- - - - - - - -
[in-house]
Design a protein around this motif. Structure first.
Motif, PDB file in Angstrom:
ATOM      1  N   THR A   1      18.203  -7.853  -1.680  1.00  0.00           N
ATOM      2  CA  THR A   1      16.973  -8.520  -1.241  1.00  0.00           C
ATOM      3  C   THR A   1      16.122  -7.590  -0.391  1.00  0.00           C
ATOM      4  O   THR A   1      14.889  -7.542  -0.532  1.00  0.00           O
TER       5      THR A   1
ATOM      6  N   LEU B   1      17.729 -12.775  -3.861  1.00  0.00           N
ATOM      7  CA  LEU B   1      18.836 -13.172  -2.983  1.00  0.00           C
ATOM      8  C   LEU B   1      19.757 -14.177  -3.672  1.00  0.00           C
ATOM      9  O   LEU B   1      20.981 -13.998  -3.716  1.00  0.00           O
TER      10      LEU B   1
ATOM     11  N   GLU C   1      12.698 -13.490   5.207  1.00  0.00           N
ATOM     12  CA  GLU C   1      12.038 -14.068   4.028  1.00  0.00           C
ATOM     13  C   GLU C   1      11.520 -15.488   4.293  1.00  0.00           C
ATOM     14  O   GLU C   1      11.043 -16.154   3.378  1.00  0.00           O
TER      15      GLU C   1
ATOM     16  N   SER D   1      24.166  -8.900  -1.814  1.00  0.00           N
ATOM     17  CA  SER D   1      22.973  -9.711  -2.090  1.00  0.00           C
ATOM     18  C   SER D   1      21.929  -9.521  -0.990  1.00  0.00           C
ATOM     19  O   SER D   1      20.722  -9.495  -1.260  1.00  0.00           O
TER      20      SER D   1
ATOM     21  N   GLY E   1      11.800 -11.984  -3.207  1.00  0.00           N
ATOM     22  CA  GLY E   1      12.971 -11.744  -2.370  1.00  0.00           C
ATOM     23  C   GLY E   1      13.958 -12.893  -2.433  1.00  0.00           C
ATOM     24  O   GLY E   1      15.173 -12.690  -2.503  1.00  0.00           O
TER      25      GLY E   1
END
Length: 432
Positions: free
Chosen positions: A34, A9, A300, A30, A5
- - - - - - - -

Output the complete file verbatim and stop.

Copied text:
[in-house]
Design a protein around this motif. Structure first.
Motif, PDB file in Angstrom:
ATOM      1  N   THR A   1      18.203  -7.853  -1.680  1.00  0.00           N
ATOM      2  CA  THR A   1      16.973  -8.520  -1.241  1.00  0.00           C
ATOM      3  C   THR A   1      16.122  -7.590  -0.391  1.00  0.00           C
ATOM      4  O   THR A   1      14.889  -7.542  -0.532  1.00  0.00           O
TER       5      THR A   1
ATOM      6  N   LEU B   1      17.729 -12.775  -3.861  1.00  0.00           N
ATOM      7  CA  LEU B   1      18.836 -13.172  -2.983  1.00  0.00           C
ATOM      8  C   LEU B   1      19.757 -14.177  -3.672  1.00  0.00           C
ATOM      9  O   LEU B   1      20.981 -13.998  -3.716  1.00  0.00           O
TER      10      LEU B   1
ATOM     11  N   GLU C   1      12.698 -13.490   5.207  1.00  0.00           N
ATOM     12  CA  GLU C   1      12.038 -14.068   4.028  1.00  0.00           C
ATOM     13  C   GLU C   1      11.520 -15.488   4.293  1.00  0.00           C
ATOM     14  O   GLU C   1      11.043 -16.154   3.378  1.00  0.00           O
TER      15      GLU C   1
ATOM     16  N   SER D   1      24.166  -8.900  -1.814  1.00  0.00           N
ATOM     17  CA  SER D   1      22.973  -9.711  -2.090  1.00  0.00           C
ATOM     18  C   SER D   1      21.929  -9.521  -0.990  1.00  0.00           C
ATOM     19  O   SER D   1      20.722  -9.495  -1.260  1.00  0.00           O
TER      20      SER D   1
ATOM     21  N   GLY E   1      11.800 -11.984  -3.207  1.00  0.00           N
ATOM     22  CA  GLY E   1      12.971 -11.744  -2.370  1.00  0.00           C
ATOM     23  C   GLY E   1      13.958 -12.893  -2.433  1.00  0.00           C
ATOM     24  O   GLY E   1      15.173 -12.690  -2.503  1.00  0.00           O
TER      25      GLY E   1
END
Length: 432
Positions: free
Chosen positions: A34, A9, A300, A30, A5